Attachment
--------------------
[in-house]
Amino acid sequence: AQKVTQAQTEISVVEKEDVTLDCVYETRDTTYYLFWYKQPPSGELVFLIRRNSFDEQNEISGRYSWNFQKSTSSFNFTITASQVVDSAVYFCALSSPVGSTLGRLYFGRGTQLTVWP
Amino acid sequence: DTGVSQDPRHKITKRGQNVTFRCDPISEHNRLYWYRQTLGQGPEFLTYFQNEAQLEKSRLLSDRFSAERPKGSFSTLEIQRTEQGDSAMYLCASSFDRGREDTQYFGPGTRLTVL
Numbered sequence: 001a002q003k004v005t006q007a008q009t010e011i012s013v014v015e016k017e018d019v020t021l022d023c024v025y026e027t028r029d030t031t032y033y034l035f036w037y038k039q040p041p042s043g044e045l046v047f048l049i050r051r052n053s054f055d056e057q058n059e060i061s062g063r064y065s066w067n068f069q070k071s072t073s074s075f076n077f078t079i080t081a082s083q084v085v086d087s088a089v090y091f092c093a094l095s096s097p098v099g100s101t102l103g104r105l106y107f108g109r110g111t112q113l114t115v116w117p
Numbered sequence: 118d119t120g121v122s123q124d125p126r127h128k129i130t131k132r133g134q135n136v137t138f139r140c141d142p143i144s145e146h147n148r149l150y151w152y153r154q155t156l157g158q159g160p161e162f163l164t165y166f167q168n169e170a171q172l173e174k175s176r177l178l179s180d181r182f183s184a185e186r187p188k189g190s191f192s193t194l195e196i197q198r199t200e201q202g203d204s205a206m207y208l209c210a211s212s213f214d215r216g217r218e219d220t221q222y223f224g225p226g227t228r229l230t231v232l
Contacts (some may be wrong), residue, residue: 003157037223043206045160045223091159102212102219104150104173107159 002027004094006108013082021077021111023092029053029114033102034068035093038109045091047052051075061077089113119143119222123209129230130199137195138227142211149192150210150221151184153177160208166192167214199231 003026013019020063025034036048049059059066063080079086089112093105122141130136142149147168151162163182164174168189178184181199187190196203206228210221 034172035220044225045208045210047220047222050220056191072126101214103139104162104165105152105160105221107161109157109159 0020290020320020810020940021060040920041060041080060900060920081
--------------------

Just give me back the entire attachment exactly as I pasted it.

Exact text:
[in-house]
Amino acid sequence: AQKVTQAQTEISVVEKEDVTLDCVYETRDTTYYLFWYKQPPSGELVFLIRRNSFDEQNEISGRYSWNFQKSTSSFNFTITASQVVDSAVYFCALSSPVGSTLGRLYFGRGTQLTVWP
Amino acid sequence: DTGVSQDPRHKITKRGQNVTFRCDPISEHNRLYWYRQTLGQGPEFLTYFQNEAQLEKSRLLSDRFSAERPKGSFSTLEIQRTEQGDSAMYLCASSFDRGREDTQYFGPGTRLTVL
Numbered sequence: 001a002q003k004v005t006q007a008q009t010e011i012s013v014v015e016k017e018d019v020t021l022d023c024v025y026e027t028r029d030t031t032y033y034l035f036w037y038k039q040p041p042s043g044e045l046v047f048l049i050r051r052n053s054f055d056e057q058n059e060i061s062g063r064y065s066w067n068f069q070k071s072t073s074s075f076n077f078t079i080t081a082s083q084v085v086d087s088a089v090y091f092c093a094l095s096s097p098v099g100s101t102l103g104r105l106y107f108g109r110g111t112q113l114t115v116w117p
Numbered sequence: 118d119t120g121v122s123q124d125p126r127h128k129i130t131k132r133g134q135n136v137t138f139r140c141d142p143i144s145e146h147n148r149l150y151w152y153r154q155t156l157g158q159g160p161e162f163l164t165y166f167q168n169e170a171q172l173e174k175s176r177l178l179s180d181r182f183s184a185e186r187p188k189g190s191f192s193t194l195e196i197q198r199t200e201q202g203d204s205a206m207y208l209c210a211s212s213f214d215r216g217r218e219d220t221q222y223f224g225p226g227t228r229l230t231v232l
Contacts (some may be wrong), residue, residue: 003157037223043206045160045223091159102212102219104150104173107159 002027004094006108013082021077021111023092029053029114033102034068035093038109045091047052051075061077089113119143119222123209129230130199137195138227142211149192150210150221151184153177160208166192167214199231 003026013019020063025034036048049059059066063080079086089112093105122141130136142149147168151162163182164174168189178184181199187190196203206228210221 034172035220044225045208045210047220047222050220056191072126101214103139104162104165105152105160105221107161109157109159 0020290020320020810020940021060040920041060041080060900060920081